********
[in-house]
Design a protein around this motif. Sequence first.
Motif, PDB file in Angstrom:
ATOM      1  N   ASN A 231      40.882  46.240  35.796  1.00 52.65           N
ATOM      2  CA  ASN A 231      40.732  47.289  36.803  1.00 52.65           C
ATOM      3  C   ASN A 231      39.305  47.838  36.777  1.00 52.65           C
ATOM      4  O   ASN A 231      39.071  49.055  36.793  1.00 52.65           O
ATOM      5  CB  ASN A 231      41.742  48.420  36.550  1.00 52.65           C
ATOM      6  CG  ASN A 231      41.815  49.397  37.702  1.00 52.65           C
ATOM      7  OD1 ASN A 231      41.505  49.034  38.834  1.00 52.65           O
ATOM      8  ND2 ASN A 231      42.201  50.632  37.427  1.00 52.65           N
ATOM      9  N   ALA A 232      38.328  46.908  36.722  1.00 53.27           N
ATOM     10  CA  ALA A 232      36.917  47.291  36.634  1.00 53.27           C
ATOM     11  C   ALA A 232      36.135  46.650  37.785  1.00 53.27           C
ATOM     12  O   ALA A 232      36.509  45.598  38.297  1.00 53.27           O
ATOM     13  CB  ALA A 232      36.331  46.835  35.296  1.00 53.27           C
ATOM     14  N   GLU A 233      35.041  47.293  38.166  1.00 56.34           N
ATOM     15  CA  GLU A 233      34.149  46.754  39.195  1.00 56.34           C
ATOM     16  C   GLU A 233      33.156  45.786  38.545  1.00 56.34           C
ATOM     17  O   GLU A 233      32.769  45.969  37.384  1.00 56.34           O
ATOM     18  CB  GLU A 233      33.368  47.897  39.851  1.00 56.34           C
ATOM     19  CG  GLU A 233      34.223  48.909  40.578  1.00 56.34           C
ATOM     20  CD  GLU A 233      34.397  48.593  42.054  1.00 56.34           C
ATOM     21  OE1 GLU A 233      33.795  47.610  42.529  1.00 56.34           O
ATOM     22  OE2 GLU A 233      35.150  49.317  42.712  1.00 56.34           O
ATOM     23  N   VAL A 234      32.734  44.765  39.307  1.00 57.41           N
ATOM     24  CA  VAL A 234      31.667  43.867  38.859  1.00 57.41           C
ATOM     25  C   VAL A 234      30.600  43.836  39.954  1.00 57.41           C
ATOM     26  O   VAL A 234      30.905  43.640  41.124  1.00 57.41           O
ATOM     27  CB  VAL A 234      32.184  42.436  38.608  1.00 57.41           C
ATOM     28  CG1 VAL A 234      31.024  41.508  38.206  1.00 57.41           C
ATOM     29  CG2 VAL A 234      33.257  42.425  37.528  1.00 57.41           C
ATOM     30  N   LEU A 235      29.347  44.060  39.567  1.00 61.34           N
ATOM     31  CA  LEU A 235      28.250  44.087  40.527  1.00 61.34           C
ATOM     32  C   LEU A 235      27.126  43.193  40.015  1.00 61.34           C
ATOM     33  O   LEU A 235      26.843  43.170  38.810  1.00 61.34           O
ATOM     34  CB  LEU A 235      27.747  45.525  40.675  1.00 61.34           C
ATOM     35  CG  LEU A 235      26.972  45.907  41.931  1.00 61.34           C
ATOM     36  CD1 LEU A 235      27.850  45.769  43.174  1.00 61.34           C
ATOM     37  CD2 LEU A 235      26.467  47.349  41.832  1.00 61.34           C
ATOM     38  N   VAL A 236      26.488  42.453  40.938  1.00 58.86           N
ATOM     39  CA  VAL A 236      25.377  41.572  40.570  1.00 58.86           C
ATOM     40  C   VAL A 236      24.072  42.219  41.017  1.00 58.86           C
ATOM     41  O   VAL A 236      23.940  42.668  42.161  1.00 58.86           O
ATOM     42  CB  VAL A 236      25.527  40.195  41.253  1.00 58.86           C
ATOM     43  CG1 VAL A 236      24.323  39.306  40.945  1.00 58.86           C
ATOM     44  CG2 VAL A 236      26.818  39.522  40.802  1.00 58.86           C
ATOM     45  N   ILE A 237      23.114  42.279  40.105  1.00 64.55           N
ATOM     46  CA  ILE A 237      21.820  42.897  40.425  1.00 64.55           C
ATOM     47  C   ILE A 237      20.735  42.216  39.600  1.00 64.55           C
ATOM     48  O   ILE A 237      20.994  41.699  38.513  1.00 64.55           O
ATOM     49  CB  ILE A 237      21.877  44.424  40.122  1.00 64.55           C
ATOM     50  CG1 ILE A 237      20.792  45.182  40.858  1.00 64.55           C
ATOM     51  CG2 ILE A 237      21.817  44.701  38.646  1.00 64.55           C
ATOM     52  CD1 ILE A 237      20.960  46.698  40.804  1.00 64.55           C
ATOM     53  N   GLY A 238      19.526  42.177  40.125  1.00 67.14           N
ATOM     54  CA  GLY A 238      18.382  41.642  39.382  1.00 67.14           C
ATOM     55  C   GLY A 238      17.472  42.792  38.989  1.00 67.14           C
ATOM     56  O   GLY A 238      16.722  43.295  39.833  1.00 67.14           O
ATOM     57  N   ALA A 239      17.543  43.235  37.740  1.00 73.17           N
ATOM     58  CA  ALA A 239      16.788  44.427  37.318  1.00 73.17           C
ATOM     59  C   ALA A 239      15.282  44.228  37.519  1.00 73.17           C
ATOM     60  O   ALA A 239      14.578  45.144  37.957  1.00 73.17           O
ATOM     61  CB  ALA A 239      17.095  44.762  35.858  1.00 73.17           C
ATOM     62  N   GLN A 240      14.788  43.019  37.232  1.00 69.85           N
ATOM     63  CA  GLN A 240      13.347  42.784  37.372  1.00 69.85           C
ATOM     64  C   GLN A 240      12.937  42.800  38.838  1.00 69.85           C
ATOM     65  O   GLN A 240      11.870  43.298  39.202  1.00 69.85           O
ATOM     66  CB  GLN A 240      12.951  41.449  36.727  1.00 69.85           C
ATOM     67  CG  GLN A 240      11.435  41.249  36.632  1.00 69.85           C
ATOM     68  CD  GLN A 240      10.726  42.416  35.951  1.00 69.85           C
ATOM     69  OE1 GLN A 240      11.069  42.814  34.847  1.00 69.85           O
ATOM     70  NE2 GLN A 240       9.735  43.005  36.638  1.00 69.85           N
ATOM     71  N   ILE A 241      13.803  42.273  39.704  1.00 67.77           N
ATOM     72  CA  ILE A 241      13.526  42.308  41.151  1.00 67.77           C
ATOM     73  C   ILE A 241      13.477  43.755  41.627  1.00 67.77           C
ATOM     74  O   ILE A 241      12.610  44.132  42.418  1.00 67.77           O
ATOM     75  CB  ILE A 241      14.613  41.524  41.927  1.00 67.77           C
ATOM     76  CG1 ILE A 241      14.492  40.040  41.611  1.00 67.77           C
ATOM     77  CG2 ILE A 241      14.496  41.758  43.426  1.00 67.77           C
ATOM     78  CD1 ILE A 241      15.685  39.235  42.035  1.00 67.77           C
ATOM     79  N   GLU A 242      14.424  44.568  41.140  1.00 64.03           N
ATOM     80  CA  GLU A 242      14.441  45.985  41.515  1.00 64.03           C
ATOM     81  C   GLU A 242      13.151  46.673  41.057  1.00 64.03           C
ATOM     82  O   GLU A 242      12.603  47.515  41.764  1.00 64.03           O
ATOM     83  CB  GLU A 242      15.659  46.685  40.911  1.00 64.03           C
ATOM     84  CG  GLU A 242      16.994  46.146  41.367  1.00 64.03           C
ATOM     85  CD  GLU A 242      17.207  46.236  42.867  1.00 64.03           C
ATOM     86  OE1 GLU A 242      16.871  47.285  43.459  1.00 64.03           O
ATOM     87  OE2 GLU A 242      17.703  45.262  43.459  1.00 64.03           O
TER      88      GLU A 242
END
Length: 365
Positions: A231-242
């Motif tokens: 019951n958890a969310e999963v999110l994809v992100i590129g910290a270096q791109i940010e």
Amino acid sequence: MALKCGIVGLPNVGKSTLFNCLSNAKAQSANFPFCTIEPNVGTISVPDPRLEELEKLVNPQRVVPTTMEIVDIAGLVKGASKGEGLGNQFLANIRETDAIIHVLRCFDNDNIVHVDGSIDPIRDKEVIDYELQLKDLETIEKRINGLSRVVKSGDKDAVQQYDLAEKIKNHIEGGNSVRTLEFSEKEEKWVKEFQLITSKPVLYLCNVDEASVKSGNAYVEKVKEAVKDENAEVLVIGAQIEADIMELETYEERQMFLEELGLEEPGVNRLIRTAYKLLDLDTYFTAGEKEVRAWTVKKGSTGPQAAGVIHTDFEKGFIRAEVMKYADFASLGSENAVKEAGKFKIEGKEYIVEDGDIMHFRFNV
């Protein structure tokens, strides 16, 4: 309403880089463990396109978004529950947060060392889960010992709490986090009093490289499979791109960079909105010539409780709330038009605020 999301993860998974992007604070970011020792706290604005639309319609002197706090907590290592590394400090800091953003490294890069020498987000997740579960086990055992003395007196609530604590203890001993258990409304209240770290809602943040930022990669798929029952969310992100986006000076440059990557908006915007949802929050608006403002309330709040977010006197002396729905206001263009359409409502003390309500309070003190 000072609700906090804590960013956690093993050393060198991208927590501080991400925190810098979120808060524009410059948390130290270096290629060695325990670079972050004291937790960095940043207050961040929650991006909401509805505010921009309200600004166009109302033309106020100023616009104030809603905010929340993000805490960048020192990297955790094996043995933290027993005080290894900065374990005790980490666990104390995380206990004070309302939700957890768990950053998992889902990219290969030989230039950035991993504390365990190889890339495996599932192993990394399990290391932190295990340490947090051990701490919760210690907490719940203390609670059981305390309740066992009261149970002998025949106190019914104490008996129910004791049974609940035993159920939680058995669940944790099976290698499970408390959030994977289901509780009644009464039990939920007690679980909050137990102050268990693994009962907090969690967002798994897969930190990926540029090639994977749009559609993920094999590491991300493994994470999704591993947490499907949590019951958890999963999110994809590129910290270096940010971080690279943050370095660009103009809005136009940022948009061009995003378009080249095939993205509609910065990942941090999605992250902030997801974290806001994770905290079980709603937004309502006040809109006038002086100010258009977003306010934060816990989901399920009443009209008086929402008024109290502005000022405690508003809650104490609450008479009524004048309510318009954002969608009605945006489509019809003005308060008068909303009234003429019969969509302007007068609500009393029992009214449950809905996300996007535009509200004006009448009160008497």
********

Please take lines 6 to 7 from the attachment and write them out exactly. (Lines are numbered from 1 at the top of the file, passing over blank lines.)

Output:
ATOM      3  C   ASN A 231      39.305  47.838  36.777  1.00 52.65           C
ATOM      4  O   ASN A 231      39.071  49.055  36.793  1.00 52.65           O